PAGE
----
Chinese authorities step up training on flu treatment

Experts emphasised the early diagnosis and intervention for vulnerable groups as health authorities have stepped up training at hospitals.


Pharmacists check prescription information at a fever clinic in Minhang district of Shanghai on Jan 8. [Photo/Xinhua]

March 7, 2023

BEIJING – As influenza cases have been rising recently in China, experts said the surge is attributed to the virus’ low circulation during the COVID-19 epidemic and the resulting low level of immunity among the population.

They emphasized early diagnosis and intervention for vulnerable groups as health authorities have stepped up training at hospitals on diagnosing and treating the disease.

From Feb 20 to 26, the country reported 390 flu outbreaks caused by two influenza A strains known as H1N1 and H3N2, up from 108 recorded during the previous seven-day period, according to a flu surveillance update published on Thursday by the Chinese Center for Disease Control and Prevention.

The flu positivity rate nationwide rose to 23.9 percent during the Feb 20-26 period, compared with 7.8 percent during the previous week.

The China CDC said that the percentage of influenza-like illnesses among hospital visits rose both in southern and northern regions, and the rates were either equal to or exceeded those seen since 2020.

Sun Jimin, a researcher at the Zhejiang Provincial Center for Disease Control and Prevention, said that COVID-19 control measures had also suppressed the spread of the flu virus in the past three years. With optimization of COVID-19 response measures and increasing mobility and gatherings, the flu virus has spread more easily.

“Many people are susceptible to infection, because it had not been transmitted widely for three consecutive years and the overall flu vaccination rate is low,” he said.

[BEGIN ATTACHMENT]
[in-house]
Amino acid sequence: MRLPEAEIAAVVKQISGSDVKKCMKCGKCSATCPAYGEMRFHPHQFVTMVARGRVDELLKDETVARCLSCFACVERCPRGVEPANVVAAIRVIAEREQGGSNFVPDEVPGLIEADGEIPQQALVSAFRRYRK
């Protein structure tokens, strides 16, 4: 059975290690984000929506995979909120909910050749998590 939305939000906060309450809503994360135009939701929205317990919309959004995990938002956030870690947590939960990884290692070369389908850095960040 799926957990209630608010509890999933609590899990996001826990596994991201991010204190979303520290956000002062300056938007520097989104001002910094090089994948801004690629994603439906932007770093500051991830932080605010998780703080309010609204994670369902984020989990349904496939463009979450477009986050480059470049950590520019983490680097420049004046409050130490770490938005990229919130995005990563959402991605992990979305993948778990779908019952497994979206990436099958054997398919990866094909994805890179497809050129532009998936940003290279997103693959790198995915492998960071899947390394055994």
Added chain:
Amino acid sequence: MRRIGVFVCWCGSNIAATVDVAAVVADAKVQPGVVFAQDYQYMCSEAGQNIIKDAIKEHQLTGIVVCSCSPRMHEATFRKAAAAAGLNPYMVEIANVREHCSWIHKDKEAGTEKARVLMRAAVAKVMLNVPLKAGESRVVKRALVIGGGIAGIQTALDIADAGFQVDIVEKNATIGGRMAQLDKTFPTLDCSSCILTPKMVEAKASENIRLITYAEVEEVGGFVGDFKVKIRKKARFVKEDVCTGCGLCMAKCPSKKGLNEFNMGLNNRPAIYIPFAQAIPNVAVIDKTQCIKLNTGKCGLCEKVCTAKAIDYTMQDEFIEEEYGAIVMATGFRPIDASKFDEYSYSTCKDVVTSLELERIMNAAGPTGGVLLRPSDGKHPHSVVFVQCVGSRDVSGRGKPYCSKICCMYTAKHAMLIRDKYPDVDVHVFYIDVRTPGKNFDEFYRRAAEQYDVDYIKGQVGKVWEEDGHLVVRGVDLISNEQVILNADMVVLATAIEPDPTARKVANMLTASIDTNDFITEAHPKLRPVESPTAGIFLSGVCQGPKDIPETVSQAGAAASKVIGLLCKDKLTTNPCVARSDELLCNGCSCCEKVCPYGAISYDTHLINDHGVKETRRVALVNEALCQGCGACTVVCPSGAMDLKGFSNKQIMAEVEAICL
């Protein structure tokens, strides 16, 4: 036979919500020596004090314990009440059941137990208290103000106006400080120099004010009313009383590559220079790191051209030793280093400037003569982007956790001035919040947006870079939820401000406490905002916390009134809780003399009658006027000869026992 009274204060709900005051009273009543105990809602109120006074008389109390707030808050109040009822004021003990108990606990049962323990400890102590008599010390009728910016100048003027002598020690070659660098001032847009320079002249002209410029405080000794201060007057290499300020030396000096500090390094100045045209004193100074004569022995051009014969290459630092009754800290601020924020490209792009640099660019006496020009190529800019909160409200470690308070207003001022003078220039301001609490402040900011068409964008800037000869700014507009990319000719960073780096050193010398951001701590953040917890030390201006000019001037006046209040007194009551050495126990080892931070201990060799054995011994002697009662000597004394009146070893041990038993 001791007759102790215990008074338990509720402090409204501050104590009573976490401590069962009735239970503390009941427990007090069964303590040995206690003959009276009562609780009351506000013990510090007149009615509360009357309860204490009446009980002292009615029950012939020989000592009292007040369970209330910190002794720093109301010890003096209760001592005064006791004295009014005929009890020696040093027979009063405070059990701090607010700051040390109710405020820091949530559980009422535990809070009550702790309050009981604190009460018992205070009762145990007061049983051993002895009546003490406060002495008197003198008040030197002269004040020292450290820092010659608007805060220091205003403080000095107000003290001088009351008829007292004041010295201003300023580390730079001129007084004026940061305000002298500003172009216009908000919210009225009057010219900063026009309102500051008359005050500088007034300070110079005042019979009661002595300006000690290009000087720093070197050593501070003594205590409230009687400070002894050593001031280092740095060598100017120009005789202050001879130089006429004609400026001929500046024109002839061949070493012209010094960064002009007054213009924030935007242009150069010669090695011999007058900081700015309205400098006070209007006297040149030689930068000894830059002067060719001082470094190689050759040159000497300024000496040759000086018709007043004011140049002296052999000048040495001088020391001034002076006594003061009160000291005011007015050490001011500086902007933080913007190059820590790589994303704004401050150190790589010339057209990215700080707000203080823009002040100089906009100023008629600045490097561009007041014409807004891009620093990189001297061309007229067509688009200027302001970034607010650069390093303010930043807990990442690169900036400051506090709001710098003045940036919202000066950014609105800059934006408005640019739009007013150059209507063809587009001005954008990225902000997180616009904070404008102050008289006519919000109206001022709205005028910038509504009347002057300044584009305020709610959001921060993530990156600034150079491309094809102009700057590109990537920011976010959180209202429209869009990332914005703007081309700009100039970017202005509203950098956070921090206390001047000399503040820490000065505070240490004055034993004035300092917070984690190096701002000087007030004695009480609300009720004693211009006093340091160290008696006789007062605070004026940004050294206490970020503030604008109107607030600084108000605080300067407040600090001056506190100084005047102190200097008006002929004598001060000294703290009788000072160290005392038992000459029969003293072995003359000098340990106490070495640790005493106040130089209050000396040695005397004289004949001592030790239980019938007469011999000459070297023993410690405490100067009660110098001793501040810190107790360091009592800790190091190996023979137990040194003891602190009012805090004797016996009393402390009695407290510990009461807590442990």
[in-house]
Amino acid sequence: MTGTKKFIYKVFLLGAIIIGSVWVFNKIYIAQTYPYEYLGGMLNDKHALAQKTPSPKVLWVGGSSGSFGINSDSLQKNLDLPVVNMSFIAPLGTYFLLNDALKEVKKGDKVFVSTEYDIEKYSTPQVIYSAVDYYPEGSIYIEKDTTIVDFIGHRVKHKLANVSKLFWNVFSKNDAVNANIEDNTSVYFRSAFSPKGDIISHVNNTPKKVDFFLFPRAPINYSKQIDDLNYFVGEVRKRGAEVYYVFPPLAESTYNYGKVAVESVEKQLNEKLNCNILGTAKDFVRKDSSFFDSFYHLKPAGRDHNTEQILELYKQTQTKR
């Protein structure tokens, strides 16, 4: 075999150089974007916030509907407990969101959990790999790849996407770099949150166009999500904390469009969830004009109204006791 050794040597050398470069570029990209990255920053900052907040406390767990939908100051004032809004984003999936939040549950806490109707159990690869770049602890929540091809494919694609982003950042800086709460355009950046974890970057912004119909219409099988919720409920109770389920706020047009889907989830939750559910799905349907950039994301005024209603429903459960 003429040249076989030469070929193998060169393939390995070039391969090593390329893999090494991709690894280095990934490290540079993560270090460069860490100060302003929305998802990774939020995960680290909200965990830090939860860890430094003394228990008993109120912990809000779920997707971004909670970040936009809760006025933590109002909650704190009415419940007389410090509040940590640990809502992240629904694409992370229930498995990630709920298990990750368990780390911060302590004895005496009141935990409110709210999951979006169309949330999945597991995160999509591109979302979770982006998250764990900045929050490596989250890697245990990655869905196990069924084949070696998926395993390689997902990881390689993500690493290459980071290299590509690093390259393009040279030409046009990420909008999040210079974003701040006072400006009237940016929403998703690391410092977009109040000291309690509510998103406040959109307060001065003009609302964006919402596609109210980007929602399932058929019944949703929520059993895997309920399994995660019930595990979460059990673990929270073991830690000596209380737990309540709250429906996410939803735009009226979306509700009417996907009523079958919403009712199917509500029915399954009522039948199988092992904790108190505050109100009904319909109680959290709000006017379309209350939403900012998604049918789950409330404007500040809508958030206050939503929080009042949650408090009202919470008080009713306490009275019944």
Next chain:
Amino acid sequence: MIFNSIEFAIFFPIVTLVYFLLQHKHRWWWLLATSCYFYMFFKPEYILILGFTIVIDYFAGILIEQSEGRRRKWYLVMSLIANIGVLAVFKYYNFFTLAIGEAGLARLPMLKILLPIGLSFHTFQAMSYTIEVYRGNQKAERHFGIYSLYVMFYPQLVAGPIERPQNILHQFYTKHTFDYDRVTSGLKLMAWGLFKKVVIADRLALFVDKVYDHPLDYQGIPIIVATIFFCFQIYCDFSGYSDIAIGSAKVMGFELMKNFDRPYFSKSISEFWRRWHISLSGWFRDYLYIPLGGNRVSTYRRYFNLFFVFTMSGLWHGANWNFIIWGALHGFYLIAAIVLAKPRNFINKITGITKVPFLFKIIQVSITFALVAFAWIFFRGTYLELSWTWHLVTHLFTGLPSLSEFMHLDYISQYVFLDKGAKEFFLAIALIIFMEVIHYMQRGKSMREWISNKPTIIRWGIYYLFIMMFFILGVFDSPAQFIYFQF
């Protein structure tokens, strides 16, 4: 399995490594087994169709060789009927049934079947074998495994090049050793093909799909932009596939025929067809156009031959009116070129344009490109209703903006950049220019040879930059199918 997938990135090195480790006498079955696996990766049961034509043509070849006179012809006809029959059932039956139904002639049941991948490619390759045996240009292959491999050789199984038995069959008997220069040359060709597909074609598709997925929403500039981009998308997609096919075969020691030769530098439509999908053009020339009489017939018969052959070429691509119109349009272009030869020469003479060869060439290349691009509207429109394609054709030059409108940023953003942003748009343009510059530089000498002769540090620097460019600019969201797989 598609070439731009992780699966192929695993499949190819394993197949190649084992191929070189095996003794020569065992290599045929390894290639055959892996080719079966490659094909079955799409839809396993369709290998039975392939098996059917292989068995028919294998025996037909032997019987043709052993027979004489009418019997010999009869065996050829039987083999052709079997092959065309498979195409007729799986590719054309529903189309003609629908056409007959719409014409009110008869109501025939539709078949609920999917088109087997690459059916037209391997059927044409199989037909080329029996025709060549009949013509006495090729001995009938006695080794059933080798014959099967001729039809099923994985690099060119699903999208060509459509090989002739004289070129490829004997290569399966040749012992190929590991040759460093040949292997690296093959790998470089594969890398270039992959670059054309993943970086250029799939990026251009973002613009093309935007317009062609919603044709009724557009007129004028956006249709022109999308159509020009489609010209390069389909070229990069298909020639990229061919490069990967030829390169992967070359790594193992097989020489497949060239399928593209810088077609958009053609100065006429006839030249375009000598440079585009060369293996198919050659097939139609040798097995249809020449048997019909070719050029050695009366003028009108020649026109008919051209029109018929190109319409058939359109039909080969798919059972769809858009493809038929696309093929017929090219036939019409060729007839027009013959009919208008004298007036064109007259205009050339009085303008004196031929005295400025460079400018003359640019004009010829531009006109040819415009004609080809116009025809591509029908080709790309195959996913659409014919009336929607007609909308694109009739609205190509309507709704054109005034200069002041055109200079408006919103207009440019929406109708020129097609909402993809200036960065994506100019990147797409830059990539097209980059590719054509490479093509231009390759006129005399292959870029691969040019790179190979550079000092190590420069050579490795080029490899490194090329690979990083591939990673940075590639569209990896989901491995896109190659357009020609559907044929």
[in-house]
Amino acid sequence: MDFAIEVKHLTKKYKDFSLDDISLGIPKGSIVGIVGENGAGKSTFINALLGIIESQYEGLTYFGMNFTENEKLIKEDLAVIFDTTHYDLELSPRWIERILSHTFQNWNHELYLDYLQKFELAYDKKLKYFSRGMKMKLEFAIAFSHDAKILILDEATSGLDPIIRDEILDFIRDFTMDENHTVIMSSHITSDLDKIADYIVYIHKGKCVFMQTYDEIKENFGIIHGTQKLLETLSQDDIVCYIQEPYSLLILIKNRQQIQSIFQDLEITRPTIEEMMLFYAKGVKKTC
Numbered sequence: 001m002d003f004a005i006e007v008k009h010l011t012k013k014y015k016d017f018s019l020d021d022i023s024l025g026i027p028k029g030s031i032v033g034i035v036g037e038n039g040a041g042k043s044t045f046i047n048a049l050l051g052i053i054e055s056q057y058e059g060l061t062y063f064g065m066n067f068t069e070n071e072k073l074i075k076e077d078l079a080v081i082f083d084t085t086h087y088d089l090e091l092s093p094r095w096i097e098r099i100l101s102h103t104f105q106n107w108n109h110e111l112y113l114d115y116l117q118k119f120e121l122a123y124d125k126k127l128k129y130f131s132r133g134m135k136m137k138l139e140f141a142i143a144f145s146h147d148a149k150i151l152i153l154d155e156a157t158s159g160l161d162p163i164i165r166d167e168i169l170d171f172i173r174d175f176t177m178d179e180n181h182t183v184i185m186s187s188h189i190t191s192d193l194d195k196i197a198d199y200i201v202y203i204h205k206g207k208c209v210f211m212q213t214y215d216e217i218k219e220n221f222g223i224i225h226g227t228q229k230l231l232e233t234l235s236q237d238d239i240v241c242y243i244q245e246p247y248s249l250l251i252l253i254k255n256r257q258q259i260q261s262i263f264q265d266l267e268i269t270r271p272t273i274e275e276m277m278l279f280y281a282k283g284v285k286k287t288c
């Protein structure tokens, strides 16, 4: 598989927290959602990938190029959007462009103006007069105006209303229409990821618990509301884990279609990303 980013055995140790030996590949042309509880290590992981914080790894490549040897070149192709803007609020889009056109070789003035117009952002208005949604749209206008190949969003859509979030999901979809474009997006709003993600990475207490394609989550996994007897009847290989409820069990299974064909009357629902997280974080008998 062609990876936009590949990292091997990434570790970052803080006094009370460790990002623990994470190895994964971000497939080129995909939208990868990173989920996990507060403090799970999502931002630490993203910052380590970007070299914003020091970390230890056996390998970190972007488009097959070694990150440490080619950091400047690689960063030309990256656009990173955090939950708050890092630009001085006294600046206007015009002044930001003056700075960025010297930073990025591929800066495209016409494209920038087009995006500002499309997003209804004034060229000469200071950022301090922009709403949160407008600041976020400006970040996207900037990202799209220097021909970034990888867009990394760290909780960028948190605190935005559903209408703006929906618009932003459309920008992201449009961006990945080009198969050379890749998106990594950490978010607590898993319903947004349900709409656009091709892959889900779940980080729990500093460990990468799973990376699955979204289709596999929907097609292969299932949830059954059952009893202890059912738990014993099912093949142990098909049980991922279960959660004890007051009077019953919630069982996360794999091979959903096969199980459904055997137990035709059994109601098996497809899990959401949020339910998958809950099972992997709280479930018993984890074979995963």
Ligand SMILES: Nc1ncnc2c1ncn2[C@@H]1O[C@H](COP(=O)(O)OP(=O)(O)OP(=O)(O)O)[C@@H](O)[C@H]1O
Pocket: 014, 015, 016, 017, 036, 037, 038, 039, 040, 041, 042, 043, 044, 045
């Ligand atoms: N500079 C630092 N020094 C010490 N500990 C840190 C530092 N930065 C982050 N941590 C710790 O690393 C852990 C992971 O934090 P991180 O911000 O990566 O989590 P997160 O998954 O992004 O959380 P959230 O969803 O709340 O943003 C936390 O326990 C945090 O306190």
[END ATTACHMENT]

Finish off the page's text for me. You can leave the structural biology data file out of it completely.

However, Sun added that this winter’s flu virus outbreak appears stronger than the past three years but remains milder than 2019 and 2018, and it is expected to decline after two weeks.

Hu Yang, a respiratory doctor at Shanghai Pulmonary Hospital, said it is difficult to make predictions on the spread of flu cases due to the unpredictable nature of the virus’ circulation. “The epidemic in the past three years has also changed some traits of flu virus transmission,” he said.

Hu said that many people had not caught a cold in the past three years and lost immunity to the influenza virus, causing a new wave of flu outbreaks this winter.

Most patients infected with the influenza A virus can recover without special treatment in about a week, but the public is advised to delay travel plans until this wave subsides, he said.

The National Health Commission’s medical emergency response department said on Thursday that it has launched training at all medical institutions for treating the influenza virus and the norovirus — an infectious disease causing stomach pain and diarrhea.

The department stressed the need to enhance emergency response and staffing at emergency care, fever and intestinal departments and pay special attention to high-risk groups.

Guo Yanhong, an official at the commission, said that some vulnerable patients, including the elderly, children, pregnant women and people with existing illnesses, can develop pneumonia or other complications.

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